The Scout group in Amport dates from the early years of Scouting, having been formed in 1910 by Dr Paul Walker, son of the late rev. Spencer Walker, Vicar of Amport. Originally 1st Amport St. Mary’s, the troop merged with Monxton’s Scout Troop in 1912 to form the 2nd Andover Troop.
The Great War took a heavy toll, and the group struggled to remain open. However on the 13th of October 1920, the group re-formed under the leadership of Guy Parry (who remained as Scoutmaster until 1969!). The Scout group would meet in the attic rooms of Amport School. In fact so many local boys wanted to join the group (many under the age of 11) that Mr Parry’s sister established a “Wolf Cub pack.”
Throughout the inter-war years, the Scout troop and Cub pack thrived, playing a central role in community life. In 1935, the Scouts built Amport’s Jubilee beacon on Snake Hill (mid way between Amport & East Cholderton); one of a thousand up and down the country lit to celebrate King George V’s Silver Jubilee.
Out of the blue, in 1938 the group received a letter from the Chief Scout, and founder, Lord Baden-Powell; presenting a gift to the unit. Lord Baden-Powell was returning to Africa and in clearing his house gifted the unit a Tribal Ladle. His letter described his great admiration for the work of the Scout group.
Camping has always been a central theme of Scouting. Our Scouts were no exception. Their first camp was held in 1925 in Hartney Whitney. Since that date the Scouts and Cubs continue to enjoy camping and outdoor “pioneer” projects.
Originally a “land” Scout troop; in 1943 the troop changed from Land Scouts to Sea Scouts. Sailing was initially a hit or miss affair, with few places for the Scouts to practice. However when conditions permitted, the Troop would sail their eleven foot sailing dinghy “Moby Dick” on Mullins Pond! Today, the group has a number of dinghys and sails out of Calshot sailing club on the Solent.
Throughout the 1950’s and 1960’s 2nd Andover Sea Scouts & Cubs thrived, drawing in boys from many of the surrounding villages. The Scouts played a central roll in the community of Amport, Monxton, East Cholderton and Thruxton. Unlike today, Scouting was one of the few activities available to young boys. So popular was the group, that it was not uncommon for boys to travel (on their own) from villages as far as Grateley & Kimpton. The group was well known for its lavish amateur dramatic productions (often featured in the Andover Advertiser and Hampshire Chronicle). Indeed the “Gang Show” is still a part of the Scout’s calendar.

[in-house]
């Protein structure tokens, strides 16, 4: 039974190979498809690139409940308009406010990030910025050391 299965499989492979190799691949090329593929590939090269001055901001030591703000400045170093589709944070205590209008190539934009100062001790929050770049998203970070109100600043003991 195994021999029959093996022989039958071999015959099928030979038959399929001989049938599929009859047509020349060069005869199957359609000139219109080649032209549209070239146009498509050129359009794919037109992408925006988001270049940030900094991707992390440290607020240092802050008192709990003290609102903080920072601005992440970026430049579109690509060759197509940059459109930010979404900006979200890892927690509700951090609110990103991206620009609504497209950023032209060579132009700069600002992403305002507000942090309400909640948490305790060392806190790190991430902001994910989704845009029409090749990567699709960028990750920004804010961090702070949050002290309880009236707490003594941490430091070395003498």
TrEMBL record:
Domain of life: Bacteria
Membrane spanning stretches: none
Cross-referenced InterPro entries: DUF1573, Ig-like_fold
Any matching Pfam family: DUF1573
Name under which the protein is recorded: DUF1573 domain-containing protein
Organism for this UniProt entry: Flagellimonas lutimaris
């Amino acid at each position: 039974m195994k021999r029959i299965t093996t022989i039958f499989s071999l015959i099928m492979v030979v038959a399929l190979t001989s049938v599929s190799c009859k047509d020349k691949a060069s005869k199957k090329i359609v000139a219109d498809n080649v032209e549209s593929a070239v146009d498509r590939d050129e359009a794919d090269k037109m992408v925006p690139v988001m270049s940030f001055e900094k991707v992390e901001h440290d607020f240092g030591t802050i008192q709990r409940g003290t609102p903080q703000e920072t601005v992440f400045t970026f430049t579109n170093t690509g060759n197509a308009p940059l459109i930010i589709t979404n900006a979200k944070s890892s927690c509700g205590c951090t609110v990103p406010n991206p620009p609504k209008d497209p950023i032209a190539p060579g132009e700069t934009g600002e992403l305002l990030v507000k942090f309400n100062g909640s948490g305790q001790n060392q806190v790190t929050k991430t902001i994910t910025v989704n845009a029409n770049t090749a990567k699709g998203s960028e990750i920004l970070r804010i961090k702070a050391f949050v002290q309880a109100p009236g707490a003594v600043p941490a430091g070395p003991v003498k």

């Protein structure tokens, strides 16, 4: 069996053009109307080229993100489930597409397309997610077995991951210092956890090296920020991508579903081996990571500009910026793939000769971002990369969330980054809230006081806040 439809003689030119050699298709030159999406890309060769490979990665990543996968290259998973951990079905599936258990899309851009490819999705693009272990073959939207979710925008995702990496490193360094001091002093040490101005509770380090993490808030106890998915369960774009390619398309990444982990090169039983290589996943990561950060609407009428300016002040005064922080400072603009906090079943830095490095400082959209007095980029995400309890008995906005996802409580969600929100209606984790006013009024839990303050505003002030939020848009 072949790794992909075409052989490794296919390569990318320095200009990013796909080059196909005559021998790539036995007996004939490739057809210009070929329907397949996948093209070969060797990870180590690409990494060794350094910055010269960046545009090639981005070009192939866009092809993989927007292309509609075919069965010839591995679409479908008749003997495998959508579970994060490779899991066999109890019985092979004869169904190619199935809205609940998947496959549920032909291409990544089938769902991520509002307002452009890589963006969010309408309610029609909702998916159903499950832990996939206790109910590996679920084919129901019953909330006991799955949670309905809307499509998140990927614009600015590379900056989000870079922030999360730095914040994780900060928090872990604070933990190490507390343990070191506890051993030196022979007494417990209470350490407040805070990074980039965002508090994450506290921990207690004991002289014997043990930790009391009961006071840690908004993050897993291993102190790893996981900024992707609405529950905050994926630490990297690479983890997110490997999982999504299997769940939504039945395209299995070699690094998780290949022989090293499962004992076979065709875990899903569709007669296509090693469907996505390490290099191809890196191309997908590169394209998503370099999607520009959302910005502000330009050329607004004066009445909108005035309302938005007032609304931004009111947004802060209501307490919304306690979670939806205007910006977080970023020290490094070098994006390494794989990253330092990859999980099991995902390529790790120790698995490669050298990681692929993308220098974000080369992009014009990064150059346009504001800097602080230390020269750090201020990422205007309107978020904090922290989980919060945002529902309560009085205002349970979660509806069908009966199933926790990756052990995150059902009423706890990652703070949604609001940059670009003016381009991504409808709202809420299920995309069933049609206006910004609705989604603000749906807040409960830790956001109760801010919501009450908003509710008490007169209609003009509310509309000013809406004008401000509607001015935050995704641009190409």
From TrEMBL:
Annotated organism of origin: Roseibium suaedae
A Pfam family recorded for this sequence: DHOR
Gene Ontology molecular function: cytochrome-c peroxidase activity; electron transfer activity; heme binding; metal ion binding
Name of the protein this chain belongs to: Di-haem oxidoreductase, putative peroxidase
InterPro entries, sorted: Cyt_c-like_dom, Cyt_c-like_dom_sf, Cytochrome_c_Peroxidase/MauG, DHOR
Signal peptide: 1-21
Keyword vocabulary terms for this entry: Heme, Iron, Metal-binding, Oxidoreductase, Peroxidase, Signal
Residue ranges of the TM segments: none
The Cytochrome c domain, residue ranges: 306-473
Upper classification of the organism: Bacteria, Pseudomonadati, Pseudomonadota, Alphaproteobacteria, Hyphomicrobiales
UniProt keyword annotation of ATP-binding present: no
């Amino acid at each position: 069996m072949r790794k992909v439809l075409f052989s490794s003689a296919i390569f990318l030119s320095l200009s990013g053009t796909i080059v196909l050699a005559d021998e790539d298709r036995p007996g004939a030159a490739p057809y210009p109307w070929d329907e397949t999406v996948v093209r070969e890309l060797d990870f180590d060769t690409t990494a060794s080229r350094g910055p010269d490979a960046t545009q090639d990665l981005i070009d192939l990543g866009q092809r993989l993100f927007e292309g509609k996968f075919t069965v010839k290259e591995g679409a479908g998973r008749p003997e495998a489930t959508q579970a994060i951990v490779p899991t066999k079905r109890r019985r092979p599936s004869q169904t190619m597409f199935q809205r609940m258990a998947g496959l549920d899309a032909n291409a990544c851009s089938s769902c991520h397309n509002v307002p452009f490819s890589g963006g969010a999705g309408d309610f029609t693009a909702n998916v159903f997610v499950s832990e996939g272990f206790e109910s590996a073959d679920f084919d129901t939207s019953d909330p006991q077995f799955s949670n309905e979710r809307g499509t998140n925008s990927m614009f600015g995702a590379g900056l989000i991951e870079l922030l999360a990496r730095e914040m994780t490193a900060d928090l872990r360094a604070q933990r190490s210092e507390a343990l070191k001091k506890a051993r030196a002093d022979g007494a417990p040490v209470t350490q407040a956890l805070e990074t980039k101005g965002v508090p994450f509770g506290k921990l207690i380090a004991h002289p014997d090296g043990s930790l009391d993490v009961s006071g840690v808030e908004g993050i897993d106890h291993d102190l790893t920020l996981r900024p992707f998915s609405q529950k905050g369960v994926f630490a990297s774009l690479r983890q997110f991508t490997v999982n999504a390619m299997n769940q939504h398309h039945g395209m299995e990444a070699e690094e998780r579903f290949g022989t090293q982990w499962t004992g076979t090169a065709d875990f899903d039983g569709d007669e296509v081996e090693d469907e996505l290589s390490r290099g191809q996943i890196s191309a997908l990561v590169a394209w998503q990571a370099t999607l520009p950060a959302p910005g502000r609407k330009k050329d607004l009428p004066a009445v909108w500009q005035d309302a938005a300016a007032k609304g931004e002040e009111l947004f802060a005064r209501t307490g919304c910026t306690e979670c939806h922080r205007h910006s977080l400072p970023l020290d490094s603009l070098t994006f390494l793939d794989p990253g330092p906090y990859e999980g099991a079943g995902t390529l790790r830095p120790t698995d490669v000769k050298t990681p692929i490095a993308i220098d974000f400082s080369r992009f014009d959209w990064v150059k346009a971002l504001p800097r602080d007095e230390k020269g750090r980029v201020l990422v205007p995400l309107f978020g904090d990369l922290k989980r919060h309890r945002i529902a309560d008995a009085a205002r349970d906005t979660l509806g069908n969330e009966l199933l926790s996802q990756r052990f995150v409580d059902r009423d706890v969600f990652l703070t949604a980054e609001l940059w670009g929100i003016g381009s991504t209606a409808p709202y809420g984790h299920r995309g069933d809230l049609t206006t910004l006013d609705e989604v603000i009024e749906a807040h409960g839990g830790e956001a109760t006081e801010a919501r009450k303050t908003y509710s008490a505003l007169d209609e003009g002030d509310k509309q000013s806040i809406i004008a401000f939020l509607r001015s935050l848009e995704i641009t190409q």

By the 1970’s, the group was thriving; Camping and Sailing formed core activities for the boys. June 1971 saw a waterlogged district camp at Danebury (an experience not unfamiliar for today’s Scouts and Cubs!). The group now owned an impressive selection of dinghys and canoes. Most impressive however was the purchase of a “Mirror” dinghy kit using Green Shield Stamps! The dinghy was constructed by the Scouts and named “This un & That un”
1976 was Andover Scouts own Jublee year – marking 60 years of Scouting in Andover. The Town honored the Scouting Association by planting a flower bed in South Street. That was also the year that Miss Ray Parry (Cub Pack
Leader) retired after 60 years of service, and was honored with the award of Silver Wolf – the highest awared in Scouting.
In September 1986 following a summer camp, it was decided to form a Venture Scout unit for the older boys. Named “Eishken“ (after an earlier district Rover Scout Unit of 30 years ago). The new Venture Scouts established themselves as a serious unit with success in a series of Scouting challenges: District speed-hikes, five-a-side soccer, weekends in the Breacon Beacons and the Trek Cart challenge in the New Forest – where Eishken became National Champions!
Eishken Venture Scouts had a unique investiture ceromony for members; on an island no larger than 3 meters wide, in the middle of Poole Harbour! Throughout the eighties, the small Eishken Venture Scout Group thrived. Indeed two of the Venture Scouts raised over £900 each to join 50 other Hampshire Scouts on “Project Gambia” – Building 2 School buildings for local villages in Gambia. The Venture Scouts remained active until the early Ninties when the members went to university or began their careers and went their separate ways.
As society progressed, so the Scouting movement did too, welcoming Girls, extending the opportunity for membership to all young people in the community. It was also around this time that a Beaver Colony was established for young children (6-8 years old).
The group met in various locations across the village; in an outbuilding at Beck House, in the old village.
halls of Monxton and Amport, until finally moving to its present site at East Cholderton.
In 1990, after considerable fundraising, a new Scout Hut was built on Wiremead Lane, East Cholderton, providing the Scouts with an outstanding facility including our very own Climbing Wall as well as Hall, Project Room and Workshop, and drawing children from Amport, Monxton, Thruxton, Weyhill and even Grateley & Kimpton.